Talk about a different tune. Not so long ago, word would occasionally leak from Cleveland depicting a young, cocky and often times selfish player who was so untouchable that the head coach was afraid to discipline him, causing resentment among fellow Cavs players. Now, it sounds like James is clearly adored by his Miami teammates, including Wade, the brightest of stars in his own right.
The haters will keep on hating. “Well, how many rings will he get? I mean, Mark Madsen has more rings than LeBron.”
True. But who cares?
In my book, all it takes is one, therefor James can finally rest on top of the mountain and enjoy the view.
No wonder that Miami Heat vs. Minnesota Timberwolves game was so close the other night! Perhaps LeBron James had a case of cold feet and shaky hands during the Heat’s game in Minneapolis on Friday, but if he did, James didn’t show it as the South Beach star logged 34 points, eight rebounds and 10 assists in a near-loss to the Timberwolves. Less than 24 hours after Miami’s 103-101 victory, James proposed to the mother of his two children and girlfriend of eight years, Savannah Brinson on New Years Eve.
Eight years LeBron? Sounds like this was the real decision.
After pondering the possibility for nearly a decade, Brinson said “yes.” According to website theybf.com, Brinson was surprised by the proposal which came in front of a large group of the couple’s friends at a New Years Eve party. The photo posted above came from theybf.com and if you look closely, you can see some bling on Brinson’s ring finger.
Oh hey Chris Bosh, is that you wearing a funny top hat behind the bride to be? I think so!
Of course, the congratulatory tweets started rolling in soon after James popped the question. Here are a few:
@MickyArison (Micky Arison, Miami Heat Owner): Congrats to Lebron. @KingJames and Savannah so happy 4 u guys.
@CP3 (Chris Paul): Happy for my brother @KingJames and sis @SavannahRB on their engagement!!! Extremely happy for them and the good times to come #HappyNewYear
Jada_AP (Jada Paul, wife of CP3): CONGRATULATIONS to 2 of my favorite people @SavannahRB and @KingJames! SO happy for you guys! LOVE you!!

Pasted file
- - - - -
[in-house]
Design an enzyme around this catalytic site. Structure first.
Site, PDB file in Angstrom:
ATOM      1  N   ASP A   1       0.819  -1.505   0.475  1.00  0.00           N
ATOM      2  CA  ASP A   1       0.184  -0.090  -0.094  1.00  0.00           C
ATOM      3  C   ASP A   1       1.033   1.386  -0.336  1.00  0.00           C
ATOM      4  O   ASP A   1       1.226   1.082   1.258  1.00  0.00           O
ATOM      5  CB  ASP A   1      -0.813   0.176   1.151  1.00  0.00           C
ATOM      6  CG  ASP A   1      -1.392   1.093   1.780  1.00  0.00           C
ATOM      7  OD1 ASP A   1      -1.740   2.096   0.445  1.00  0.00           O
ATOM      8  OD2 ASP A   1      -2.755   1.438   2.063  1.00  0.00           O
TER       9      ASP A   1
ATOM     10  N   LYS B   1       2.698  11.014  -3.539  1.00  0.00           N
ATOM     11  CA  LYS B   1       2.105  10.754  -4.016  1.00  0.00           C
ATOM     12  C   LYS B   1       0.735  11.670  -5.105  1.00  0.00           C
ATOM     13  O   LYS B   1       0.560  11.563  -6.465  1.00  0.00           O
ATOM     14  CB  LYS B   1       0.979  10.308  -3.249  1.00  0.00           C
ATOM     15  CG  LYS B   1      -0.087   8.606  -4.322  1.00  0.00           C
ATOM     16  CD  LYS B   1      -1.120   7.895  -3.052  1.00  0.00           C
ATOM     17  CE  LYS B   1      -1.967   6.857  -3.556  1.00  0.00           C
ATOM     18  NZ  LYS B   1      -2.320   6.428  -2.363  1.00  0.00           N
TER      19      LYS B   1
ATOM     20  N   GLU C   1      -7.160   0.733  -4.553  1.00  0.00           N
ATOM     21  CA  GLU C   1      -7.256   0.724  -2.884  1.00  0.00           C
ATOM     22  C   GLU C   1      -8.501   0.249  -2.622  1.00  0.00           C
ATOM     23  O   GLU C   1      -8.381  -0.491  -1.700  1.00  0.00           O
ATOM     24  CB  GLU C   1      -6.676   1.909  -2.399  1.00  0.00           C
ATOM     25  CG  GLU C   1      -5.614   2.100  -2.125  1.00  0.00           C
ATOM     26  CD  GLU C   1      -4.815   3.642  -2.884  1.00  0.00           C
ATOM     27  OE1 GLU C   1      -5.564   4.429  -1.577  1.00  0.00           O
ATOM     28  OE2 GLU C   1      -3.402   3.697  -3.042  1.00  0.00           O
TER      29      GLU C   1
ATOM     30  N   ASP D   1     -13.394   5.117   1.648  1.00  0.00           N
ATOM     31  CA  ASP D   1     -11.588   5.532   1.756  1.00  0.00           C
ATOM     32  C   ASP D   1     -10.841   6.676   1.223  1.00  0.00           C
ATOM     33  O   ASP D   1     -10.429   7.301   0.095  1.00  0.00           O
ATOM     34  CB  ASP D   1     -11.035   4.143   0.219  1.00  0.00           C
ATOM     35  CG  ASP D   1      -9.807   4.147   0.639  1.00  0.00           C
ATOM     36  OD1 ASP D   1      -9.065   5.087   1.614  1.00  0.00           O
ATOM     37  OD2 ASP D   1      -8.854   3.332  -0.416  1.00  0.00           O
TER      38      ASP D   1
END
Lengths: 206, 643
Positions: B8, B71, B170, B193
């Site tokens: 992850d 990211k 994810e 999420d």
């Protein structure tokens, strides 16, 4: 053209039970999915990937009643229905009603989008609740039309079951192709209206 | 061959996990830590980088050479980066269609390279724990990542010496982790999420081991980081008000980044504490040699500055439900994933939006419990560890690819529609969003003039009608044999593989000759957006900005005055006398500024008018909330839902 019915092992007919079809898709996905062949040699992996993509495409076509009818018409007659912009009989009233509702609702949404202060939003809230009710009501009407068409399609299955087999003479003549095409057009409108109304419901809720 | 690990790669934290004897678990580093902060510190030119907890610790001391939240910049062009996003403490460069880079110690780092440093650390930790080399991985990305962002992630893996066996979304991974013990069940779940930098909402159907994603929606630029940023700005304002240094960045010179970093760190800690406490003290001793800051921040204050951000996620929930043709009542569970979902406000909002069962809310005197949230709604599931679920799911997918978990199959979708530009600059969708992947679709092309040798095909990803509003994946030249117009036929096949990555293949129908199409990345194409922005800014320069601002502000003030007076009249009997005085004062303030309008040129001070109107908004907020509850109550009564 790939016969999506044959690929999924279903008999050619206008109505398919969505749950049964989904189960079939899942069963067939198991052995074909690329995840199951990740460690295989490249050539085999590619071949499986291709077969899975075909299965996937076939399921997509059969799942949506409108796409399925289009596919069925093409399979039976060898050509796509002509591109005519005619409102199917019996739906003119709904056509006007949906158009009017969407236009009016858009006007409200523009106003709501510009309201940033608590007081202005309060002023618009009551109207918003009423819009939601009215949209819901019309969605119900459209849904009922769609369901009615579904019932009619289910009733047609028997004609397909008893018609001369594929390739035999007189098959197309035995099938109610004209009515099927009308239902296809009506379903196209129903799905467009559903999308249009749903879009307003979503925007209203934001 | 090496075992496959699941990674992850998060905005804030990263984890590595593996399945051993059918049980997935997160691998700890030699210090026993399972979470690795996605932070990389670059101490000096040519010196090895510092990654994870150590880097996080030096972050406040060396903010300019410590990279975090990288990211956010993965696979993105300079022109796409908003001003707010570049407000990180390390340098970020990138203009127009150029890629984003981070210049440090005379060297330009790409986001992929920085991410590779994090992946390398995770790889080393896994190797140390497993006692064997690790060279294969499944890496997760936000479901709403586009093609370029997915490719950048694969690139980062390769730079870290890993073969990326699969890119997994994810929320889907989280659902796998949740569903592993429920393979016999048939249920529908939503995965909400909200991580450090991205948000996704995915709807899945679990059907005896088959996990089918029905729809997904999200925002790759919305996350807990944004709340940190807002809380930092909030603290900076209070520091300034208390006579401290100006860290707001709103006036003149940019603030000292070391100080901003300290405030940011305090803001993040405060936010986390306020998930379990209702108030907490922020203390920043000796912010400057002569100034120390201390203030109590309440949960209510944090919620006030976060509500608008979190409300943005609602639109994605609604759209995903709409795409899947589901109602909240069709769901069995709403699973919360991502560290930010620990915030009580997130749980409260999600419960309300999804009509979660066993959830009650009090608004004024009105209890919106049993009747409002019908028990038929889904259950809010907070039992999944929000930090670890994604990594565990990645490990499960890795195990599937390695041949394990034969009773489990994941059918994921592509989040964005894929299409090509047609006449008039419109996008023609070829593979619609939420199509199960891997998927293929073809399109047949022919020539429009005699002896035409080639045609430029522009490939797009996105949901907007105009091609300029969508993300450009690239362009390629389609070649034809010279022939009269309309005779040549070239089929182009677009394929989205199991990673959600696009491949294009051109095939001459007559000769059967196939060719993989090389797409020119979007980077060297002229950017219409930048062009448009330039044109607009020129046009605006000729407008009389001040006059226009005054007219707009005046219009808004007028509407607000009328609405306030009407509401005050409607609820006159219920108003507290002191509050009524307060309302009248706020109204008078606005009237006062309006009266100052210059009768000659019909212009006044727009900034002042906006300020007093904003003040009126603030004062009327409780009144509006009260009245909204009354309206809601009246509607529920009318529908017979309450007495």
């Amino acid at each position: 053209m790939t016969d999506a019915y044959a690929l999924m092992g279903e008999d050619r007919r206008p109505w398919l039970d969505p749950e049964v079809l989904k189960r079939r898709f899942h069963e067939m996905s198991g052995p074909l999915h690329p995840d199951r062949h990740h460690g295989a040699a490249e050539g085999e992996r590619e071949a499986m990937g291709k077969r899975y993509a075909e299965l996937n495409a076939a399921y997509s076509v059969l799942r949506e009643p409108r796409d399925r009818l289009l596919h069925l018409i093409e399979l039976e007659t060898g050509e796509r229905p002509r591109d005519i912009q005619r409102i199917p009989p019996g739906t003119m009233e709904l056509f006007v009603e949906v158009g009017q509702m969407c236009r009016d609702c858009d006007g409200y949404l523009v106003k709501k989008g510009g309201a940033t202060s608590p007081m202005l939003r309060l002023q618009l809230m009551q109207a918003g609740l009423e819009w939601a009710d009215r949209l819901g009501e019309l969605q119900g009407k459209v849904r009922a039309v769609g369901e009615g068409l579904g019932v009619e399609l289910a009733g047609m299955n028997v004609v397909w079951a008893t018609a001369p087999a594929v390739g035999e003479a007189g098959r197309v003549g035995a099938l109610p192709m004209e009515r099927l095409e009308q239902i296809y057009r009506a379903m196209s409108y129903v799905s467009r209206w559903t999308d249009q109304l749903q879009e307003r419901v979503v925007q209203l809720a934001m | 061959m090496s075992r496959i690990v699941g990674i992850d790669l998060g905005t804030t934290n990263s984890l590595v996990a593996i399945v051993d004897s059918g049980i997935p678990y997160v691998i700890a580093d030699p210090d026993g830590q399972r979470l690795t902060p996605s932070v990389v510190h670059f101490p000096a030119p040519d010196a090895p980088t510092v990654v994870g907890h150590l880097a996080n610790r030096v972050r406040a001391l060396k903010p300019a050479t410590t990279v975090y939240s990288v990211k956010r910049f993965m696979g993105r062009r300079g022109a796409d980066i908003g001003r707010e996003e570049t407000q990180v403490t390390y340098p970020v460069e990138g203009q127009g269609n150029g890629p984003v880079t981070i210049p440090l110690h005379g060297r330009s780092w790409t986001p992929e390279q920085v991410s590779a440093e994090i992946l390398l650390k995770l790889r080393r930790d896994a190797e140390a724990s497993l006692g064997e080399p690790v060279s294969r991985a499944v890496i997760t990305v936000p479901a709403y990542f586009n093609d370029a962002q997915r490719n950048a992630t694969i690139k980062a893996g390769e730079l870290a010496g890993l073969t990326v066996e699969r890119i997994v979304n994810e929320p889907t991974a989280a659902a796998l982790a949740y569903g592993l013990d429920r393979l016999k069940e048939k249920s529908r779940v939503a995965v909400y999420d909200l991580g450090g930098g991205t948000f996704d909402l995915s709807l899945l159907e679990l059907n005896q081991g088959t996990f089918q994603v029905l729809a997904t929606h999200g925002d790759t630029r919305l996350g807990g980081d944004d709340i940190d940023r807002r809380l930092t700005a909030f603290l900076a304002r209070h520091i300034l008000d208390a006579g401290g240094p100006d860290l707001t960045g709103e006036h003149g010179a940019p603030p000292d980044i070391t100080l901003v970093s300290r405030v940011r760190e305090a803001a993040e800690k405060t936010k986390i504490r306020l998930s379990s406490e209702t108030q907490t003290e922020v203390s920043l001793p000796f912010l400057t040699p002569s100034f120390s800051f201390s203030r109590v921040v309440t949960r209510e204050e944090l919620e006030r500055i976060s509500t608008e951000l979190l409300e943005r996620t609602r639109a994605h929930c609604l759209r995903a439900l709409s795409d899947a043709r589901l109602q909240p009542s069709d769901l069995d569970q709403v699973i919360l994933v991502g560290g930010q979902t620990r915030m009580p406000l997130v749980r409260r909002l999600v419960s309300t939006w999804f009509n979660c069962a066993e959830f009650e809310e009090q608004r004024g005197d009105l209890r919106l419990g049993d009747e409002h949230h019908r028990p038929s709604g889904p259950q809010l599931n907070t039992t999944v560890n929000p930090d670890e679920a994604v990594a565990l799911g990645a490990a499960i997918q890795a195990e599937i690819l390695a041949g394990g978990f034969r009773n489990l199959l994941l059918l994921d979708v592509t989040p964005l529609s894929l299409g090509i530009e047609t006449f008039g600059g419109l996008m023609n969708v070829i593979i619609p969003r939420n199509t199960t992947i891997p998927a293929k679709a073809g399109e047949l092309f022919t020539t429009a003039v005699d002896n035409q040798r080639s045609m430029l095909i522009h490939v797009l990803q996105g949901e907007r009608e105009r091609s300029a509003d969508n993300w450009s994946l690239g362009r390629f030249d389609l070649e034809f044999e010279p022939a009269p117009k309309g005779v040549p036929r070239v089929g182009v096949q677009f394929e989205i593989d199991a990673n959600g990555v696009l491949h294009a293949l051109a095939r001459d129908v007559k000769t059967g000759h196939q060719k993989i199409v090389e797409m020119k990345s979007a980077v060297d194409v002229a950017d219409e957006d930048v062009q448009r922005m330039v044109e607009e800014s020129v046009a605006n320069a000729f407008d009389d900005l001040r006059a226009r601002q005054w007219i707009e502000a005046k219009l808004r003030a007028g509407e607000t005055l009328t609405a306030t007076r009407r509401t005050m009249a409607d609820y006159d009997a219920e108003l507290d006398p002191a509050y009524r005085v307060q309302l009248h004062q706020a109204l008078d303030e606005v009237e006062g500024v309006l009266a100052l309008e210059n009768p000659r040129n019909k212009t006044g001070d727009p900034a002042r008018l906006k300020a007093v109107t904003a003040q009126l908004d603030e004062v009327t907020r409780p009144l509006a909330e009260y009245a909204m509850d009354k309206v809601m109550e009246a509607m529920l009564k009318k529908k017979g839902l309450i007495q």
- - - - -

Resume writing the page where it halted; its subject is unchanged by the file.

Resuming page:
Between an early undefeated record, celebrating his 27th birthday on Friday and getting engaged on Saturday, 2012 could finally be LeBron James’ year. After receiving pretty good press during the offseason, including stating his regrets over “the decision” in an interview, the dust seems to have settled and people are jumping back on the James bandwagon.
The truth is that it’s hard to hate on beautiful basketball, regardless of what you may think of the players on a personal level. If the Heat build upon what we’ve already seen them do thus far and stay consistent, LeBron and Savannah better keep their schedule open through late June and play it safe with an August wedding.
Update - 11:00pm est : Apparently, the NBA read this blog post and got the message, loud and clear, from the media and fans regarding the confusion surrounding the league’s latest collective bargaining agreement offer to the Players Association. Check out a summary of the owners’ latest offer, from the NBA itself… http://www.nytimes.com/interactive/2011/11/14/sports/basketball/20111114-nba-proposals.html?src=tp
I don’t know what to believe anymore.
Billy Hunter and Derek Fisher are fighting. No they’re not.
Players can be sent to the D-League and have their salary dropped to $75k in their first five seasons. Not true.
Players have no idea what is going on and team reps aren’t effective. Yes they are, everybody is informed.
If they players don’t take this deal, the league will stop negotiating. Not true.
Well which is it? What the hell is going on with this lockout?
Chris Sheridan attempts to clear the air in his piece, “Lockout Update: Misinformation Rules,” by exposing allegedly false reports that nobody has bothered to correct (read his entire piece here, it is quite enlightening: http://shar.es/onN4z ).
I say “allegedly” because I don’t know who to believe at this point. It seems like neither side can be trusted, nor have their words taken at face value.
One point of contention is the story about the owners’ right to send players down to the D-league during their first five NBA seasons and drop their salaries to $75,000. This notion had twitter abuzz as fans, media and players alike openly criticized this part of the owners’ latest proposal.
But according to Sheridan, this clause is nowhere to be found in the owners’ current proposal. HUH!?!?!
Sheridan cites a New York Times article by Howard Beck (that includes comments from NBA Deputy Commissioner Adam Silver) in trying to make sense of this nonsense.
From Beck’s story, “These and other concerns filled Twitter timelines on Friday, a day after labor talks concluded. They turned out to be unfounded, speculative or simply false. The D-League is not mentioned anywhere in the seven-page proposal that was delivered to the union on Friday — a copy of which was obtained by The New York Times. Nor are there any measures that could curtail “Bird” rights. While some provisions might crimp the N.B.A.’s middle class, others could boost it. In the absence of official documentation — neither the league nor the union released the proposal publicly — the rumors have prevailed.”
I’m at the point of becoming a nutty conspiracy theorist. Since the documents have not been made public, how can the New York Times be positive they have the actual proposal given to the players?